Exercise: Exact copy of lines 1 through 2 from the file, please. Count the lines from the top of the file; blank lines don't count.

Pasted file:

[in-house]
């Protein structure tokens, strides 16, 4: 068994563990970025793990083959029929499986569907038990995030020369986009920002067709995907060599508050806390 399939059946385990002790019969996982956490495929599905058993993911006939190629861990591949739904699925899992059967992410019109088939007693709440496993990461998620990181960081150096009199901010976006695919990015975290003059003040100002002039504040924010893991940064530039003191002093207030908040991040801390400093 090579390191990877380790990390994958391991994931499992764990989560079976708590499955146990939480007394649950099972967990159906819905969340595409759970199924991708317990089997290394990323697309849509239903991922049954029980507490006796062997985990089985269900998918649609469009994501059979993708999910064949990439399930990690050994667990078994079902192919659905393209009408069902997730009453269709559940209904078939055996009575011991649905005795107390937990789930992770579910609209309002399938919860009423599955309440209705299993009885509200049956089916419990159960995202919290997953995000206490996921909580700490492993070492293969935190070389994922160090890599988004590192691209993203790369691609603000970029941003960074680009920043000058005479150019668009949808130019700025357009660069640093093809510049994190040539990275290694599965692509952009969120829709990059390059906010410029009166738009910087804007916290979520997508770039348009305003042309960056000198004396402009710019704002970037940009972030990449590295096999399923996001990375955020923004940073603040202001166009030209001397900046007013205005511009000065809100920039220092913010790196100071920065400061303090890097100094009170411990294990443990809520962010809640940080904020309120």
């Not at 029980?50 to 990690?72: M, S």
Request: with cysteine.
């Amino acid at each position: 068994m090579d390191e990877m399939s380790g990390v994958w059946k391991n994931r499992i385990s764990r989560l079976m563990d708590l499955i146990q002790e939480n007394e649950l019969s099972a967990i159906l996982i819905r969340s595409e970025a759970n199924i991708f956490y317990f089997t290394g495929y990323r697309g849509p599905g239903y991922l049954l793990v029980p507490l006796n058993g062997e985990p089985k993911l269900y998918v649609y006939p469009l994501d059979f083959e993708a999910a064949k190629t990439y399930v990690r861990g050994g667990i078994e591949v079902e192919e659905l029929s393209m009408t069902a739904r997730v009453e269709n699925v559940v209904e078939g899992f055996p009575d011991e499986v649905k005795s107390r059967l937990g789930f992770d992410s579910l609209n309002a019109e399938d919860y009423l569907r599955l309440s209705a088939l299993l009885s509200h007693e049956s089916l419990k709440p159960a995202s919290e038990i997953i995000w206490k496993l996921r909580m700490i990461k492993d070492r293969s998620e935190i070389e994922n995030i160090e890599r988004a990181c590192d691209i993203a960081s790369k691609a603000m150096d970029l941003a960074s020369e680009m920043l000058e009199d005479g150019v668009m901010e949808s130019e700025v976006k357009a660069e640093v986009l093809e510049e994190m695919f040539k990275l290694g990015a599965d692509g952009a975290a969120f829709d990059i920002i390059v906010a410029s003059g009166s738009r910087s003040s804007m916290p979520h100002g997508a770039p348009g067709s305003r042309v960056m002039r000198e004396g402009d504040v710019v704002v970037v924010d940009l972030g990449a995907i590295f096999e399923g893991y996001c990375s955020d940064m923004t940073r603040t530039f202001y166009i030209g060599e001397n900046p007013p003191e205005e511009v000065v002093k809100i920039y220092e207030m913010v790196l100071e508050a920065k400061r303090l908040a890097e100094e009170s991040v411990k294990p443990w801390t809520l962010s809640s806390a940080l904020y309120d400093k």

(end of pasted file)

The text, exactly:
[in-house]
């Protein structure tokens, strides 16, 4: 068994563990970025793990083959029929499986569907038990995030020369986009920002067709995907060599508050806390 399939059946385990002790019969996982956490495929599905058993993911006939190629861990591949739904699925899992059967992410019109088939007693709440496993990461998620990181960081150096009199901010976006695919990015975290003059003040100002002039504040924010893991940064530039003191002093207030908040991040801390400093 090579390191990877380790990390994958391991994931499992764990989560079976708590499955146990939480007394649950099972967990159906819905969340595409759970199924991708317990089997290394990323697309849509239903991922049954029980507490006796062997985990089985269900998918649609469009994501059979993708999910064949990439399930990690050994667990078994079902192919659905393209009408069902997730009453269709559940209904078939055996009575011991649905005795107390937990789930992770579910609209309002399938919860009423599955309440209705299993009885509200049956089916419990159960995202919290997953995000206490996921909580700490492993070492293969935190070389994922160090890599988004590192691209993203790369691609603000970029941003960074680009920043000058005479150019668009949808130019700025357009660069640093093809510049994190040539990275290694599965692509952009969120829709990059390059906010410029009166738009910087804007916290979520997508770039348009305003042309960056000198004396402009710019704002970037940009972030990449590295096999399923996001990375955020923004940073603040202001166009030209001397900046007013205005511009000065809100920039220092913010790196100071920065400061303090890097100094009170411990294990443990809520962010809640940080904020309120």